Mel’s revival on its way

The morning of April 22, 2010 is one that Jerry Smith would like to forget.

Around 5:30 a.m. on the fateful morning, a fire broke out in University Avenue’s Campus Court Plaza, destroying at least five of the mall’s businesses; one of which was Smith’s restaurant, an area favourite, Mel’s Diner. In total, the fire caused nearly $4.5 million in damages, but for Smith, the pain of that day went beyond dollar figures.

“The easiest way to describe it is watching your own house burn down. That’s exactly what it felt like,” said Smith, who arrived at the scene of the fire before it had reached Mel’s Diner, however was forced to watch it slowly be engulfed.

“Everything I’ve ever had, collected, did, everyday, day in day out, was all in that ‘house.’ Almost 16 years of my life was in there and that’s why it needs to go back up.”

Smith founded Mel’s Diner along with his brother in 1995 and with its nostalgic, 1950’s diner-style and being open 24 hours a day, it became a staple amongst students and locals alike. After the fire, both Smith and the restaurant’s regulars were left in the dark on the future of the establishment.

“It has been completely uncertain,” said Smith of the roughly year and two months since the fire. “I just never knew one day to the next, who would own the property, what they wanted to do with it, when we’d be back in business, if we’d be back in business… I had to kind of get my feet on the ground and get going.”

And now, that time for Smith to ‘get going’ has come.

In the next two weeks, Smith will open Frat Burger, located on University Ave. West at King St. North, across the street from Wilfrid Laurier University. As he describes it, this burger pub will be a combination of two of Waterloo’s most legendary eateries, Mel’s Diner and Ethel’s Lounge.

“Glen Smith who owns Ethel’s Lounge came and found me and we worked out some details and this is his brain child really,” said Smith. “It’s a great location, a great concept and we’re just really excited to get going.”

In addition, Jerry Smith will resume his role operating the beloved Mel’s Diner in the not too distant future.

“You won’t even know there was a fire,” said Smith of the re-opening of Mel’s. “It’ll be exactly what was there before. Except, with a three-year demolition plan.”

“So the plan is to run for three years, take it down and then rebuild with the high rises on top,” he explained.

While there is no set timetable for the rebuilding of Mel’s, Smith said the property owners are confident that they will be ready to go by September, though that may mean only having a building in place and not being able to open.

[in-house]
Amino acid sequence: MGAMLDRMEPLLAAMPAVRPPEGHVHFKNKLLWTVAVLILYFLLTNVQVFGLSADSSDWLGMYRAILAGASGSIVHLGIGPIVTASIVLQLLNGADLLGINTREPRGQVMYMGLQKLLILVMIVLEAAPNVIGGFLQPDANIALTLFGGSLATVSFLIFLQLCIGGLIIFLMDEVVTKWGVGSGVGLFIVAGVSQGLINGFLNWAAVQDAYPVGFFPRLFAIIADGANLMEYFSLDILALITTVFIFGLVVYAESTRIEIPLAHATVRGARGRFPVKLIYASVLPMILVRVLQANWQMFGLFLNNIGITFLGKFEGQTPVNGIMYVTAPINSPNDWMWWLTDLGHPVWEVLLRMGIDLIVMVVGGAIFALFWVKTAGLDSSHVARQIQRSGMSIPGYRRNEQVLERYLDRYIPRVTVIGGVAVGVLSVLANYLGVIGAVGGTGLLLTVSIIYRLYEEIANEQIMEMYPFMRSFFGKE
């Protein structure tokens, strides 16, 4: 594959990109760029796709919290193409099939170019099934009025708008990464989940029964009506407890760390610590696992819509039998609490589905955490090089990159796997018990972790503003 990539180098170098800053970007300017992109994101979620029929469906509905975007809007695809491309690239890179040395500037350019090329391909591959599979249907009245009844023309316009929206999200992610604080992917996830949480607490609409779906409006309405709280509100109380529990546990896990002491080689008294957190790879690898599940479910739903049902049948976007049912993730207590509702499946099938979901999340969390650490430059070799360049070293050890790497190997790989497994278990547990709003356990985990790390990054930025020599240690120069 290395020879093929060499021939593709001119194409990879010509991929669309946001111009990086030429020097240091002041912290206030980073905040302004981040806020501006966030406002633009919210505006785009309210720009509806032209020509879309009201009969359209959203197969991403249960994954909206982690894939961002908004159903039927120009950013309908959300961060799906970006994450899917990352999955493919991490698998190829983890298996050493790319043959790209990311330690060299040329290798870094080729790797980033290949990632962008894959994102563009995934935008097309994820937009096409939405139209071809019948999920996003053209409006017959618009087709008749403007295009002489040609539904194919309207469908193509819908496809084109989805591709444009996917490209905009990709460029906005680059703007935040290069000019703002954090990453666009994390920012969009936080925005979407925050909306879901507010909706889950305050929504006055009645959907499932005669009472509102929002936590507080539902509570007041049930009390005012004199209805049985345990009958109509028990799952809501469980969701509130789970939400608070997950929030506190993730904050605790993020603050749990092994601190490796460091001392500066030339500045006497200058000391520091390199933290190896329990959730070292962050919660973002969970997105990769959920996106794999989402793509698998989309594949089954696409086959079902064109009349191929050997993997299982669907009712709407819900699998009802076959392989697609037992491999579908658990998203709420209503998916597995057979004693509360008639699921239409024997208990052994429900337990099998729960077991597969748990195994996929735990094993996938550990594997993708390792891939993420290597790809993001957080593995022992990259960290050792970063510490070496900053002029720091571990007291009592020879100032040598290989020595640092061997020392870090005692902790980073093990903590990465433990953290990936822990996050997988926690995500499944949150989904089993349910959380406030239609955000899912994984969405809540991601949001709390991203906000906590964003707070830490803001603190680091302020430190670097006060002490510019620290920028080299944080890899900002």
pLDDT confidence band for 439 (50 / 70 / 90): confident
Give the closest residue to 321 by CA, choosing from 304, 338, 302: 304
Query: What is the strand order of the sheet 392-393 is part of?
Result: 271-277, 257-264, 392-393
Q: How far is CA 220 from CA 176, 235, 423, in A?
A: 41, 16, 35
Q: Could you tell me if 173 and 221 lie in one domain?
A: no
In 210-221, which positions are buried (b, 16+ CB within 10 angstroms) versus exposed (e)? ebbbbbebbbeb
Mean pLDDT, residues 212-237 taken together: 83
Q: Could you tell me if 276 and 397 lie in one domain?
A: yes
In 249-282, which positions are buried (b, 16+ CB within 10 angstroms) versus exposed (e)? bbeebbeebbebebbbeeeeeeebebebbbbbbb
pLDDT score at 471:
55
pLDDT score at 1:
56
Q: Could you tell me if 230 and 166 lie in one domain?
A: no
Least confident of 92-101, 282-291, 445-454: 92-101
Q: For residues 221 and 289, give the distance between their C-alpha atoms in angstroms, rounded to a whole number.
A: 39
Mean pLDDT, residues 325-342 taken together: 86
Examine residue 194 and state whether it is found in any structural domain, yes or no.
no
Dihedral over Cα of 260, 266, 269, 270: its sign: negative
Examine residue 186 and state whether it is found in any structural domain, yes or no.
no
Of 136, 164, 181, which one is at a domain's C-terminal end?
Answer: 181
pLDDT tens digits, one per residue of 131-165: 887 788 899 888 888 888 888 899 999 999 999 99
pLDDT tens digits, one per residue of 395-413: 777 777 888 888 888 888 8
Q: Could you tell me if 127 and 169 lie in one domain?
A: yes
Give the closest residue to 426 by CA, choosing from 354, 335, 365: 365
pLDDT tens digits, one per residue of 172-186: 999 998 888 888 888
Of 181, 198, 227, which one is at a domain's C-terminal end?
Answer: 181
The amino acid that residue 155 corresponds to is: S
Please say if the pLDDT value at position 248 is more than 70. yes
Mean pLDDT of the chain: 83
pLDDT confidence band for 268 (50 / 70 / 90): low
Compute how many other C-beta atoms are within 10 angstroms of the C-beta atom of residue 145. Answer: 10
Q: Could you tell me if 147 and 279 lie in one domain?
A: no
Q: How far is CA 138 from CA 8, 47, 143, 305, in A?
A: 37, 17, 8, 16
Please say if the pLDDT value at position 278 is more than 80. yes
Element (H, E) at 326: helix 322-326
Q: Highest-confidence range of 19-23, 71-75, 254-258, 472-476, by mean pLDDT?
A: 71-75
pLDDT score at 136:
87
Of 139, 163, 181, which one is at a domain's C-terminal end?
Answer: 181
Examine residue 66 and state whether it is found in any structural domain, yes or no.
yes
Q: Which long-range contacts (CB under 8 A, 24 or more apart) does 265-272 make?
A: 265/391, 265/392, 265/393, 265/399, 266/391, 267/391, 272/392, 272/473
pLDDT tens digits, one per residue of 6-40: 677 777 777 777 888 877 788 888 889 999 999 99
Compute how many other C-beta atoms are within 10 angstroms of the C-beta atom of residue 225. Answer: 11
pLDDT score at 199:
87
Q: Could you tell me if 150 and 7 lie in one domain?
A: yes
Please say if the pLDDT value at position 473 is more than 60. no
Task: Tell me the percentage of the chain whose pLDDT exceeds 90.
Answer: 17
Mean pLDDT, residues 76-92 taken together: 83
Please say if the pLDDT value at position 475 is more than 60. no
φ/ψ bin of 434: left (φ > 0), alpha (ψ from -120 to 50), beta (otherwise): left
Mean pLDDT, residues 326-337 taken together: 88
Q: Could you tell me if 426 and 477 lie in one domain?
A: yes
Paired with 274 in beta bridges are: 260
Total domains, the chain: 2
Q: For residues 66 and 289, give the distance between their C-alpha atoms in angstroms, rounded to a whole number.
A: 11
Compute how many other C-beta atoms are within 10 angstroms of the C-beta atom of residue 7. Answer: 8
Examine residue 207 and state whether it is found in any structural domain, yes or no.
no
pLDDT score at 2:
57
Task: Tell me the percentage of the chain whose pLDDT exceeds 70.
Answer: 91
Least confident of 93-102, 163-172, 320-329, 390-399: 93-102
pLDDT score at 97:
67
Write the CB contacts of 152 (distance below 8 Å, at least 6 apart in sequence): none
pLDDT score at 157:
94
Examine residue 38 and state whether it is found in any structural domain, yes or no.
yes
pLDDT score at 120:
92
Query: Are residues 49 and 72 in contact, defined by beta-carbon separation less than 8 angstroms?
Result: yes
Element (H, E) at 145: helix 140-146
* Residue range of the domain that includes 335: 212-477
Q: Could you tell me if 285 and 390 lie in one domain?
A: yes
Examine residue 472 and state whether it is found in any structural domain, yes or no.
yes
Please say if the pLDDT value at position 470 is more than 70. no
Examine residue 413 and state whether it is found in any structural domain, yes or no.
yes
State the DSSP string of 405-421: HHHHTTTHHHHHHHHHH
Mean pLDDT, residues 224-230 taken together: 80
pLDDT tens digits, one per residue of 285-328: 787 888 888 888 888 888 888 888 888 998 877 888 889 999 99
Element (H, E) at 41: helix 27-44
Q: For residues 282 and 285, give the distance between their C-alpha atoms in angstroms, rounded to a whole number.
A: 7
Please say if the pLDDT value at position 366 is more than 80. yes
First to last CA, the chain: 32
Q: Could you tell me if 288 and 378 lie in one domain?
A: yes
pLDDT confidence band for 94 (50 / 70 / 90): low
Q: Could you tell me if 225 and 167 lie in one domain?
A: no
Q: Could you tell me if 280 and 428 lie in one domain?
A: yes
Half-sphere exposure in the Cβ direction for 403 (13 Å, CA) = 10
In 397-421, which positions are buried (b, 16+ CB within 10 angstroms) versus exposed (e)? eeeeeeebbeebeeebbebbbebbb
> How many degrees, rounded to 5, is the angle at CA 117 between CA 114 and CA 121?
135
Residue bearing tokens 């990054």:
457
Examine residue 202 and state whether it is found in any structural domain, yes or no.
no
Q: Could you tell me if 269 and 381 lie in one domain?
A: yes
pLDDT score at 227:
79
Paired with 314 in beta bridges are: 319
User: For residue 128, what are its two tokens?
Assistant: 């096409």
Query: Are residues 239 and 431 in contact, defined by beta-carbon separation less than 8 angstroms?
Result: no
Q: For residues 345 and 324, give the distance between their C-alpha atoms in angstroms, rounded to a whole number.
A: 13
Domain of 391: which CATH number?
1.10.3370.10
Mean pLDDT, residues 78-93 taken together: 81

Smith has spent the year since the fire with a multitude of questions and since the new year, Waterloo Regional Police Services (WRPS) and the Ontario Fire Marshal’s office have begun producing some answers.

In early January, the Ontario Fire Marshal’s office had confirmed the cause of the fire to be arson and in the following months, a total of four arrests were made in connection with the case. In April, Daniel Campbell and William Schneider of Kitchener and Lyntje Zingerof Hawkesville were arrested, while on June 22, Brent Campbell, who owns Titanium nightclub in Uptown Waterloo became the fourth suspect charged.

WRPS is unable to release any details of the cases.

“I think it was pretty obvious right off the bat that it was arson. The fire marshals said ‘we know what happened here, we just have to prove it,’ and that was within a week of the fire,” said Smith. “I’m actually surprised they came up with it, to prove arson, you almost have to see the guy light the match.”

According to Smith, these arrests and confirmations do provide closure, however they don’t make what happened last April any easier.

“It would be like a family losing a child and never finding them,” he said. “We found some people who were responsible for it but it doesn’t make it any better. It doesn’t make it any easier, it doesn’t fix anything it, it just puts closure to it, I guess.”

Regardless of who or what was to blame for the fire, Smith’s eyes are now only looking forward, both to the opening of Frat Burger and the return of Mel’s.

“I’m anxious to get back to work, to open the doors, take the paper off the windows and say ‘here we are’ and see how the response is,” he said. “Just start building that vibe again with the locals, I’m really excited to get back to that.”

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